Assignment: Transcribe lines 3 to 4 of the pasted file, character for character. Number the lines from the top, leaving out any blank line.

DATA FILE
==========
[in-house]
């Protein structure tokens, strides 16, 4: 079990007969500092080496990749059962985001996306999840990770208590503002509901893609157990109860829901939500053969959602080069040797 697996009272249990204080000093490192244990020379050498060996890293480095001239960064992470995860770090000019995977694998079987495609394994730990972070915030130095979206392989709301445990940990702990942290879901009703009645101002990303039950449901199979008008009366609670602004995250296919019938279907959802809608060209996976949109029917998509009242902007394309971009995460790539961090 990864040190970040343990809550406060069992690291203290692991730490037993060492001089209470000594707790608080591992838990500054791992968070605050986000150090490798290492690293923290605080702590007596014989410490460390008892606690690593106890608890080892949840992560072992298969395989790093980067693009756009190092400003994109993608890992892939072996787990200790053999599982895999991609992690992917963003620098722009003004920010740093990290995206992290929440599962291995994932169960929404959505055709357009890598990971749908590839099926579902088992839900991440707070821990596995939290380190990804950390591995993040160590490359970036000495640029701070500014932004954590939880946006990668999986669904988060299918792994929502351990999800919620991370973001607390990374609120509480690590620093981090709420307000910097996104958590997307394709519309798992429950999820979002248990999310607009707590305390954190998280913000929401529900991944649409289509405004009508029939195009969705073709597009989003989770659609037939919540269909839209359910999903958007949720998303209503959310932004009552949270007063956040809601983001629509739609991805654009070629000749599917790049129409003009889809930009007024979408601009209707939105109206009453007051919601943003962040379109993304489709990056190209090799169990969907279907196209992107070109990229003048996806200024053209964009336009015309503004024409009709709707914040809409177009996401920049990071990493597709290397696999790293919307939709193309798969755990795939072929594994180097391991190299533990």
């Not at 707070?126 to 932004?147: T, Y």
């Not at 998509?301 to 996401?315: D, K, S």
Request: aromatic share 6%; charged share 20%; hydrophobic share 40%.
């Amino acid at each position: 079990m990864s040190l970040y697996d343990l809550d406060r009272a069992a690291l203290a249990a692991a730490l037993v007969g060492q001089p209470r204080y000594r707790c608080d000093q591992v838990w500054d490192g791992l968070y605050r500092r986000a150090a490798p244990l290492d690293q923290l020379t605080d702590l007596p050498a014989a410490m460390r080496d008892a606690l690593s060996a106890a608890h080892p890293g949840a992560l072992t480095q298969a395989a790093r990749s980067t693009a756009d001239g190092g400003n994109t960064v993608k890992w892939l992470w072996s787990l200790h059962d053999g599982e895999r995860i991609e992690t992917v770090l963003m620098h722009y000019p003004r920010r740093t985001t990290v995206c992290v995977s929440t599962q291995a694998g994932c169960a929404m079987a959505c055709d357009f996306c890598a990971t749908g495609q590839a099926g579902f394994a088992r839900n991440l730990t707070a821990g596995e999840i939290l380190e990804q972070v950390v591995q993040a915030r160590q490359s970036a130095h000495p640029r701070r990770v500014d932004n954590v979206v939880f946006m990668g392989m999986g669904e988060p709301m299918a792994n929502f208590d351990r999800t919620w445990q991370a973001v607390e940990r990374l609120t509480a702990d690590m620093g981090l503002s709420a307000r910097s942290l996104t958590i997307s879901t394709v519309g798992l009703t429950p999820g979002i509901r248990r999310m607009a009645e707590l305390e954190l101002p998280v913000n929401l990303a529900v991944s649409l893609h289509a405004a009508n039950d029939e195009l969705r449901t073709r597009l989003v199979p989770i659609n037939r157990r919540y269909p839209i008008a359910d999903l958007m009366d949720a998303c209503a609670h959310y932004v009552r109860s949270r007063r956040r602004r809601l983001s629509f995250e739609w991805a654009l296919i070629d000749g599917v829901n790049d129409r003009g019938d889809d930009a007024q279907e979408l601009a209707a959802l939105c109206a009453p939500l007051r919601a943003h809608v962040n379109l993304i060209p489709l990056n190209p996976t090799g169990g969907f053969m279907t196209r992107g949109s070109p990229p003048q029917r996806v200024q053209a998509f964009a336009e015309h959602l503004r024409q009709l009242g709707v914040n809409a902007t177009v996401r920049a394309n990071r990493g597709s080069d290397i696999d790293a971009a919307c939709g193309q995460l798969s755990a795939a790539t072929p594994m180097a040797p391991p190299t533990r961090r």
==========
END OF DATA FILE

């Not at 707070?126 to 932004?147: T, Y």
């Not at 998509?301 to 996401?315: D, K, S």